Amid the crowds and bustle of Christ Church College’s splendid 16th Century dining hall, one portrait, just to the right as you enter, can so easily be missed. It’s of Charles Lutwidge Dodgson, better known to the world as Lewis Carroll.
In a world of not Hogwarts’ dining hall but it’s filmatic inspiration, the kids who shuffle through, no dawdling please, perhaps have no idea, or very little, about who Dodgson is or that he wrote a book called Alice’s Adventures in Wonderland, the most influential and popular children’s fantasy ever written.
And shy, conservative, stammering, yet wickedly brilliant Dodgson (how does he put up with all that daily visitor bustle and hustle, I wonder), is back in the spotlight this week. An extremely rare, mint condition First Edition of Alice’s Adventures is due to be auctioned in New York next month (june 2016), and anticipated to fetch around $2m to $3m (£1.3-£2m).
Two thousand copies of the first edition were printed in June 1865. Macmillan & Co, planning to release it on 4 July, sent 50 advance copies to Dodgson to use as promotional gifts. Enter the book’s illustrator, one Sir John Tenniel, who declared he was “entirely dissatisfied with the printing of the pictures,” so much so that Dodgson was forced to recall the print run and ask for the advance copies he had sent out to be returned.
“Finally decided on the reprint of Alice, and that the first 2,000 shall be sold as waste paper, ” reads his diary of 2 August. Of the 50 copies Dodgson gave out, naturally, some were never returned.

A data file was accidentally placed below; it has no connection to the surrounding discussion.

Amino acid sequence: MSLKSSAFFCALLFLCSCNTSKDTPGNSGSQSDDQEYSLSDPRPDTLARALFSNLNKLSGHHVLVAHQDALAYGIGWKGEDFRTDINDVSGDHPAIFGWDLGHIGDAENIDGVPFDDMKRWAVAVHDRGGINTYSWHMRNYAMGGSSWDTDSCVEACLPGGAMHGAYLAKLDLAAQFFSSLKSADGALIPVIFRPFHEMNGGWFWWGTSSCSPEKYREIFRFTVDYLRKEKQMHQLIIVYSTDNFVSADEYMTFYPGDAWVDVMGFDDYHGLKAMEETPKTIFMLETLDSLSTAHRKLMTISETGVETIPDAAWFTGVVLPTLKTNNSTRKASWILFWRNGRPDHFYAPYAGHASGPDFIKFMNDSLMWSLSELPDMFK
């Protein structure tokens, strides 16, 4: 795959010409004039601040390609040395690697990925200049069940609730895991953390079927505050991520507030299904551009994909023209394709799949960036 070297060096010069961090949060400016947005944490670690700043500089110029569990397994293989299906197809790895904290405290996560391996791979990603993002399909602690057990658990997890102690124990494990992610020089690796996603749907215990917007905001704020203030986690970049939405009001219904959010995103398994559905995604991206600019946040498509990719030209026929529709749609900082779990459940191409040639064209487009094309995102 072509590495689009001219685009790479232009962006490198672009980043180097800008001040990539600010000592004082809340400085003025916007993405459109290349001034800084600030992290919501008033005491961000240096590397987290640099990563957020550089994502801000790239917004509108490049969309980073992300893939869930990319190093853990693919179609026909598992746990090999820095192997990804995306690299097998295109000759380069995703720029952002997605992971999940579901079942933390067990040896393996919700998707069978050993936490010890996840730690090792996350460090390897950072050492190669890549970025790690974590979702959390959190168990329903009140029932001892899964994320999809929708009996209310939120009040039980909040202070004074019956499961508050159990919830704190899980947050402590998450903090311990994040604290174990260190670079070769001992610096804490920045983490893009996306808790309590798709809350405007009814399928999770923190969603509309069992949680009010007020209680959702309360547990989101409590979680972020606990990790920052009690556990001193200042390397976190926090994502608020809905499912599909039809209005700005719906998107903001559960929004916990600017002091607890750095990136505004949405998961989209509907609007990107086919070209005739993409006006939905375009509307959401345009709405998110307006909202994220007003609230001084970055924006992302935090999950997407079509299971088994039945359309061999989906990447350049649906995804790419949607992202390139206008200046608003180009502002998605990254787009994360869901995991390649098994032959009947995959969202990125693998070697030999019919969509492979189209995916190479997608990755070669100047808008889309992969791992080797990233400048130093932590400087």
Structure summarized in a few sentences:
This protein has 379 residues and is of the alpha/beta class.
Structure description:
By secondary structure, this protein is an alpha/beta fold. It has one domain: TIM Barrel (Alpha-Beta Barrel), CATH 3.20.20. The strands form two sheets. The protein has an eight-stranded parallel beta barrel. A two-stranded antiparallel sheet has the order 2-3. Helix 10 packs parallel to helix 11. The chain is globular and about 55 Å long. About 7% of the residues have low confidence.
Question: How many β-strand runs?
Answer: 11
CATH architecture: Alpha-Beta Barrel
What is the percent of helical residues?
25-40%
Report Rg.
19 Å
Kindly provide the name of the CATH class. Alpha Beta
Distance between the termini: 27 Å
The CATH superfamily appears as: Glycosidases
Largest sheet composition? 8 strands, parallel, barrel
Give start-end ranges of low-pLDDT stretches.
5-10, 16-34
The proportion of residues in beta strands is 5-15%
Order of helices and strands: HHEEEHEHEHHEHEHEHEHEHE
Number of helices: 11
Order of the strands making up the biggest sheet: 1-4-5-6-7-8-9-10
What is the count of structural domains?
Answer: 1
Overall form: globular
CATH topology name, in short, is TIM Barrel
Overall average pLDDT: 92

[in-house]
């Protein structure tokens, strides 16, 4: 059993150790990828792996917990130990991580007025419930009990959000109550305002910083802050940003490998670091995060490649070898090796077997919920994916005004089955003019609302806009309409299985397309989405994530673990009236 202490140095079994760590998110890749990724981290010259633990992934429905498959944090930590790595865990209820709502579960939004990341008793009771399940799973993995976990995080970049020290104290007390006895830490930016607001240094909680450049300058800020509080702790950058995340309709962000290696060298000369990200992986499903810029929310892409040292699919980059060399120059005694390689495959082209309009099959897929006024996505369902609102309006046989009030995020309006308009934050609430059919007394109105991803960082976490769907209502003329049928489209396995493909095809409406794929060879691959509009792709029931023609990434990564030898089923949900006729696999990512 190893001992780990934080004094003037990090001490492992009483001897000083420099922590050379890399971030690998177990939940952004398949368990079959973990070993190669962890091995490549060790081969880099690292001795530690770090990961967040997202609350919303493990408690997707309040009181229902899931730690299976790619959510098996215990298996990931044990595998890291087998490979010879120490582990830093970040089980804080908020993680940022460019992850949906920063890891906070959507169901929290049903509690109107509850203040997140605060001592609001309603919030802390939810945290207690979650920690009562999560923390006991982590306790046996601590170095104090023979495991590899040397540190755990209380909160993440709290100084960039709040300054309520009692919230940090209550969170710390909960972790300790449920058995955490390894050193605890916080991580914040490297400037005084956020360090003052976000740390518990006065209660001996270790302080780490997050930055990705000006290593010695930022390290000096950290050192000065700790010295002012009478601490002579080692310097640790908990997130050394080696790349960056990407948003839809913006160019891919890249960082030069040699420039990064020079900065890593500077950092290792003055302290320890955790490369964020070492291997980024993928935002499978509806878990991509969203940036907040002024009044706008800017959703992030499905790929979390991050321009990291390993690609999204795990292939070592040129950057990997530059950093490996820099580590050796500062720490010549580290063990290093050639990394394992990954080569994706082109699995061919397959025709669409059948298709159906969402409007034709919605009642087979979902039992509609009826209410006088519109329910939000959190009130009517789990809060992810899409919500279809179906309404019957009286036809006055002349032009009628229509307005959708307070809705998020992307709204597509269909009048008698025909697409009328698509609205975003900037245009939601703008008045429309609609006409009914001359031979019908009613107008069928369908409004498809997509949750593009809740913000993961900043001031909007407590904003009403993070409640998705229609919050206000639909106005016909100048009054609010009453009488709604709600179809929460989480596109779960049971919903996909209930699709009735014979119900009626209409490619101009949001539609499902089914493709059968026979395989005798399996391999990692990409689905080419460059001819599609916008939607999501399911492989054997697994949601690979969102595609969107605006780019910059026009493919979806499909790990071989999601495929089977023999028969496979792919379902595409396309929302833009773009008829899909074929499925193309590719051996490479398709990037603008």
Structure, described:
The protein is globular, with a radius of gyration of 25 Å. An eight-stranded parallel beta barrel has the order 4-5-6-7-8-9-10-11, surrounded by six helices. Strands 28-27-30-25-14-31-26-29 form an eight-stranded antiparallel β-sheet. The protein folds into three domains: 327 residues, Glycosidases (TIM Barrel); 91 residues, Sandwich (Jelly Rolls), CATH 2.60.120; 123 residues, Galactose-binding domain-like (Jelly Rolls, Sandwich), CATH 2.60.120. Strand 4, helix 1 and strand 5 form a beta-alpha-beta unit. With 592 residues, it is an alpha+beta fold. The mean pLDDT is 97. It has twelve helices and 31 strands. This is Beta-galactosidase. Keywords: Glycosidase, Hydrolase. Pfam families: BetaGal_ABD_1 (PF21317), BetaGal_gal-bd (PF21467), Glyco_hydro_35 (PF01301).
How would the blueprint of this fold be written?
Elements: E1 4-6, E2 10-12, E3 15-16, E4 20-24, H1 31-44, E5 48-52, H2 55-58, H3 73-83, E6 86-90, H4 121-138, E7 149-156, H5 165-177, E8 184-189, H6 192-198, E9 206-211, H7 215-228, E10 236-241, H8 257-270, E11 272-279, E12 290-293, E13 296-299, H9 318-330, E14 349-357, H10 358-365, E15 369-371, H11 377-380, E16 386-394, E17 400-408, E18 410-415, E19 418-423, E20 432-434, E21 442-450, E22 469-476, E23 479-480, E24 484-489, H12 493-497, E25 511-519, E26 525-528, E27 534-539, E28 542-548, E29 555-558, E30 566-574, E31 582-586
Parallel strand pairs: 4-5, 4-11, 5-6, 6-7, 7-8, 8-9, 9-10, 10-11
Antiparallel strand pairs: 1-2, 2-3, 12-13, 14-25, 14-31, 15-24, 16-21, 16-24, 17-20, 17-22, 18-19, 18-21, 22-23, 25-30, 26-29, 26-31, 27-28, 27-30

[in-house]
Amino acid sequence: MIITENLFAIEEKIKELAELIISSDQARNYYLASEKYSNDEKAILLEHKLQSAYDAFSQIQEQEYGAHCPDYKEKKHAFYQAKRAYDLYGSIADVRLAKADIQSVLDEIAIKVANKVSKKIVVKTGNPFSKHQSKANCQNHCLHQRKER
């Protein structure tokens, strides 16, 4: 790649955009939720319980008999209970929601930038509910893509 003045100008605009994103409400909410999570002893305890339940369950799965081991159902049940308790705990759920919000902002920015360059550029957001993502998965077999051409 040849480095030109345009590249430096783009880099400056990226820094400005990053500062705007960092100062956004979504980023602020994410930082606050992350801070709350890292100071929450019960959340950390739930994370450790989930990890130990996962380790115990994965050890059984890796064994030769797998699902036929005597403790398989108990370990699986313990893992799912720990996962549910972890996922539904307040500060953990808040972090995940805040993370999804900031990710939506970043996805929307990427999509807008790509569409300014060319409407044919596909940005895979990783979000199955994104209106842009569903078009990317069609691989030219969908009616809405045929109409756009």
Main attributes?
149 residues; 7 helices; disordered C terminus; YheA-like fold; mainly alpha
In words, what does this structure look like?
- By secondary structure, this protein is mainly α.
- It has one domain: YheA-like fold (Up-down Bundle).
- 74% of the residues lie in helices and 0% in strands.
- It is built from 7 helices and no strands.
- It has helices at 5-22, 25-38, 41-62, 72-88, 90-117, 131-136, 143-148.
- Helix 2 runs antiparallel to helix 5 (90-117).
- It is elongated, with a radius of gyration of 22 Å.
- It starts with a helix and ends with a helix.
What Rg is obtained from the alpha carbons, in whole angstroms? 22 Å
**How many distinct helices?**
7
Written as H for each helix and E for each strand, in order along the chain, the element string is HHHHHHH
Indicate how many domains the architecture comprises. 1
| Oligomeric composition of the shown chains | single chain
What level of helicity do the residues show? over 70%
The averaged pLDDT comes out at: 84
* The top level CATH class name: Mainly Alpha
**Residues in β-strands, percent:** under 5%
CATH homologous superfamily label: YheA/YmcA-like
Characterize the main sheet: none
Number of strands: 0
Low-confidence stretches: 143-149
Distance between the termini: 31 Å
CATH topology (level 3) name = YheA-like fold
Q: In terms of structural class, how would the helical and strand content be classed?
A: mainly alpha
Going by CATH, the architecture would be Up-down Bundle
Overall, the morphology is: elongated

He was obviously not amused by the situation and ever the mathematician, did some sums to reassure himself that he would not be out of pocket by this unexpected turn of events. Don’t forget no one knew at this stage, including its author, what an unbelievable hit the book would prove to be.
On 16 June in New York, Christie’s will auction a mint copy of one of the surviving copies of what they describe as the “excessively rare” even “legendary” 1865 edition. Sixteen of the known copies are in institutional libraries, and six in private hands.
The edition under the hammer was given by Dodgson to George William Kitchin, a chum of his at Christ Church who gave it to his daughter Alexandra. A photo of Alexandra taken by Dodgson, also an extremely well-known, if today somewhat controversial, photographer, is to be auctioned with the book.
One wonders what the real Alice might have thought of it all: after all, as an old lady she was forced to tour America giving lectures about the book and herself to make ends meet. Plus ça change!
All photos courtesy of Wikipedia